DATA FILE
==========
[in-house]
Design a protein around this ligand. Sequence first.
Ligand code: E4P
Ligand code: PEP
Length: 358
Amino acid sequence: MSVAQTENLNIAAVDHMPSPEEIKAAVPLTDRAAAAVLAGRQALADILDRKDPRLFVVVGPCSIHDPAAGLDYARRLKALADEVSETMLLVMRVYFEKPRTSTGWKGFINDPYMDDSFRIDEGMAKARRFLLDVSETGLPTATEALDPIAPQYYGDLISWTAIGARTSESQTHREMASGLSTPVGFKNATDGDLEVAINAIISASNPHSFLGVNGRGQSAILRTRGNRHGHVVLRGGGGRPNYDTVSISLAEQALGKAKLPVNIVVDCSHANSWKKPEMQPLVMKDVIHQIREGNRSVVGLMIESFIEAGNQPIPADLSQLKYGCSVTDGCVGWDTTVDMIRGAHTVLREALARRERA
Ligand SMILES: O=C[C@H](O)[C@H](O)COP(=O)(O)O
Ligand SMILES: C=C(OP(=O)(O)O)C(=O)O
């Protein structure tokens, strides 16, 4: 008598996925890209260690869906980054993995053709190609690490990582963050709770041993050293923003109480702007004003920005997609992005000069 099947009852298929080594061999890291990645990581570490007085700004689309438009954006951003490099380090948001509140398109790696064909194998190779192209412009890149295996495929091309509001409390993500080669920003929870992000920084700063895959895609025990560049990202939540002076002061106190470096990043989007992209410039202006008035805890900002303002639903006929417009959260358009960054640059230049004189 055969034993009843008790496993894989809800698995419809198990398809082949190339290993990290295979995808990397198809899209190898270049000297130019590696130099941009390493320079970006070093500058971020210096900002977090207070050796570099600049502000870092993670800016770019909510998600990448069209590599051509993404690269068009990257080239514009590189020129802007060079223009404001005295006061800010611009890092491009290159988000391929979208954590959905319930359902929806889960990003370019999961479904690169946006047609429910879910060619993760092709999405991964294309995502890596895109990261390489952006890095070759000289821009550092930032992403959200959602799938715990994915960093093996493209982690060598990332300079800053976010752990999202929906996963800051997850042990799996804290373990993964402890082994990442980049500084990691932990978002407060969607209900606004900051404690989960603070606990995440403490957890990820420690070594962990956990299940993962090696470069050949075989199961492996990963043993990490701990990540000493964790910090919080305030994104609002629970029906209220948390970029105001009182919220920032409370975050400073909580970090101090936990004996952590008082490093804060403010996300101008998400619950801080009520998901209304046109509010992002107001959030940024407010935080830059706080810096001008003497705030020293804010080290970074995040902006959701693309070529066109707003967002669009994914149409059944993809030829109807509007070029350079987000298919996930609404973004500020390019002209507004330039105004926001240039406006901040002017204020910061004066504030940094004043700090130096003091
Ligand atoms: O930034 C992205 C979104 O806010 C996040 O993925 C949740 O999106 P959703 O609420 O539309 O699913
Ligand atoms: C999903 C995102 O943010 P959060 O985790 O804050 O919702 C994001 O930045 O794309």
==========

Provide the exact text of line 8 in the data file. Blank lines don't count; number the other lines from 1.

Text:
Ligand SMILES: C=C(OP(=O)(O)O)C(=O)O